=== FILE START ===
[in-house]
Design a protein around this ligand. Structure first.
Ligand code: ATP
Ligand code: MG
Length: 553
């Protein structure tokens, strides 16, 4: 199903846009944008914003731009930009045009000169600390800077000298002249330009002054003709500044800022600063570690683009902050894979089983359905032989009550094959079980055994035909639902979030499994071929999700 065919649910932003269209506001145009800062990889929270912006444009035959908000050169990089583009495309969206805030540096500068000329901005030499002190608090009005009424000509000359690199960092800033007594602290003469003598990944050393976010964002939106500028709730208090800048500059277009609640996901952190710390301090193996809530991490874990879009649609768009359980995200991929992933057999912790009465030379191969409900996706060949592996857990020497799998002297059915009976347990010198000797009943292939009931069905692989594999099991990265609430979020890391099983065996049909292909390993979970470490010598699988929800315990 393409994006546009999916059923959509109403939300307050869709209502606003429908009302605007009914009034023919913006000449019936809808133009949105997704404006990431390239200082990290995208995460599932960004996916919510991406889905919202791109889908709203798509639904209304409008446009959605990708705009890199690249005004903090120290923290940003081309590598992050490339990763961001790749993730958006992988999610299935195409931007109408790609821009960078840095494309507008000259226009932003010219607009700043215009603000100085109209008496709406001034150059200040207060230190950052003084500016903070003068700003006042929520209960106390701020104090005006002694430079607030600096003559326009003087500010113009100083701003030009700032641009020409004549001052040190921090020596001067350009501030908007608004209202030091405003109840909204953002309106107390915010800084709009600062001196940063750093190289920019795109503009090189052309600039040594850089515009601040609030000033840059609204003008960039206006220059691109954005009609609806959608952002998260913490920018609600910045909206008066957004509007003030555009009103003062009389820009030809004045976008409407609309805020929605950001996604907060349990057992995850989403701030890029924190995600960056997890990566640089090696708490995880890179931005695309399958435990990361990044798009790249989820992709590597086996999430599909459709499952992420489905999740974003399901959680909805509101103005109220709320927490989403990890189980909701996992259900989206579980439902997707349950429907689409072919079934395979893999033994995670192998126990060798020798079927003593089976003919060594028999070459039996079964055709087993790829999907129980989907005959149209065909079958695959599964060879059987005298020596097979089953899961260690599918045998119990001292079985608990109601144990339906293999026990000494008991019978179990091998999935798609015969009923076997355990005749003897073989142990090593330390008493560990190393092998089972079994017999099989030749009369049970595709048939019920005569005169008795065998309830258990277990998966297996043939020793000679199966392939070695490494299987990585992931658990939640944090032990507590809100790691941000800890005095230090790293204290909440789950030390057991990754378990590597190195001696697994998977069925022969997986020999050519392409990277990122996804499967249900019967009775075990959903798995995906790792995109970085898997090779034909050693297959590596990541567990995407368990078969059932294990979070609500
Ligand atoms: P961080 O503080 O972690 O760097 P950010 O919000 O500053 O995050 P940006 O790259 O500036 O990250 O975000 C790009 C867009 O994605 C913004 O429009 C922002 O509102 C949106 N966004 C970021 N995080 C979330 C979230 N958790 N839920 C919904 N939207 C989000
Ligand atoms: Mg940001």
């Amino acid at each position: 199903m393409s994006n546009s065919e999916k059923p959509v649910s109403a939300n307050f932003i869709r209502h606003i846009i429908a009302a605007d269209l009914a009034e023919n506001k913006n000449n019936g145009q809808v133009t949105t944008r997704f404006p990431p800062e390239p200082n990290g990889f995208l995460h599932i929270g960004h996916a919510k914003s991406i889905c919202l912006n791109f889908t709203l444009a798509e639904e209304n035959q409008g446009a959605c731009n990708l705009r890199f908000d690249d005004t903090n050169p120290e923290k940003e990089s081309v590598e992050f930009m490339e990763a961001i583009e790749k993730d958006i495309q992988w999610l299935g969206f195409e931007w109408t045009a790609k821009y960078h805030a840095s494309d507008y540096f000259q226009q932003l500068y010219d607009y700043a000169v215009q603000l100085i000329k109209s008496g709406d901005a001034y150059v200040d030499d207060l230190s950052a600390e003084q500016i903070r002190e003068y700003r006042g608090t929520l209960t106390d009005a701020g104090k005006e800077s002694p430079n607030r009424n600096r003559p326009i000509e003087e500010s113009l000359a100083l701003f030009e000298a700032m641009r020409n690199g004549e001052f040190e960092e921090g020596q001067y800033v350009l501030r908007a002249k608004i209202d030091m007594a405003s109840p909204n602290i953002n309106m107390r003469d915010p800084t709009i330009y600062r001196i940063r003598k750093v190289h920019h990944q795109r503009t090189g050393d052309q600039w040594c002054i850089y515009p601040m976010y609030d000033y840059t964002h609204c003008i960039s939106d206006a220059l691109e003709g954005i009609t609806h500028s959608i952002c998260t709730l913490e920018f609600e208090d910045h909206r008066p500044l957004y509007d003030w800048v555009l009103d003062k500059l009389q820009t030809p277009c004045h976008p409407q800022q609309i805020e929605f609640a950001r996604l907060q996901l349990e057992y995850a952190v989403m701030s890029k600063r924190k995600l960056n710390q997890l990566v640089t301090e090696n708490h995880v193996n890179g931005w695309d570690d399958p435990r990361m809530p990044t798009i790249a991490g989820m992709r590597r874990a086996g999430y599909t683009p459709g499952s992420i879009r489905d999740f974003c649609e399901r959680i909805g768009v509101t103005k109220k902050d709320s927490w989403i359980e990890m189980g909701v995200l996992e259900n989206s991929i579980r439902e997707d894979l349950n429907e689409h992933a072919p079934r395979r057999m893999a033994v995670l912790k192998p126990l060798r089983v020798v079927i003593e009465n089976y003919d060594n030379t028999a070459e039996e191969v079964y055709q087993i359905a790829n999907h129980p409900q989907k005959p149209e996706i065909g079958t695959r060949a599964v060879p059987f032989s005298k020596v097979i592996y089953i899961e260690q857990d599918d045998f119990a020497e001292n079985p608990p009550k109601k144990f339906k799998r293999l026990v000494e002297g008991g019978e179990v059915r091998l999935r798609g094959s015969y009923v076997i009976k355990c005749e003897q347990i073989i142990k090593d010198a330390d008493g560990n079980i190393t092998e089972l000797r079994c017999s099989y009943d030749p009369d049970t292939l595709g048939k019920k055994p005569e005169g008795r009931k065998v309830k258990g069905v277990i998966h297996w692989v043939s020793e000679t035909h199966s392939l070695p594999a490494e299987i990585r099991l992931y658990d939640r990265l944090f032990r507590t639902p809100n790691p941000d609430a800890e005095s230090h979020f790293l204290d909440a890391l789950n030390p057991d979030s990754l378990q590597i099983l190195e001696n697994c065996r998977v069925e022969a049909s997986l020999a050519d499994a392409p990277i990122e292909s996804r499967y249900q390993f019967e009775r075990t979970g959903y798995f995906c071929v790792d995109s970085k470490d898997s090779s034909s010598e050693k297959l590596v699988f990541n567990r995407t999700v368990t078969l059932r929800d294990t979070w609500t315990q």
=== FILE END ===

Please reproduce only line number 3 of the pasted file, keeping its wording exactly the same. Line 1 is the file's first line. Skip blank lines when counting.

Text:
Ligand code: ATP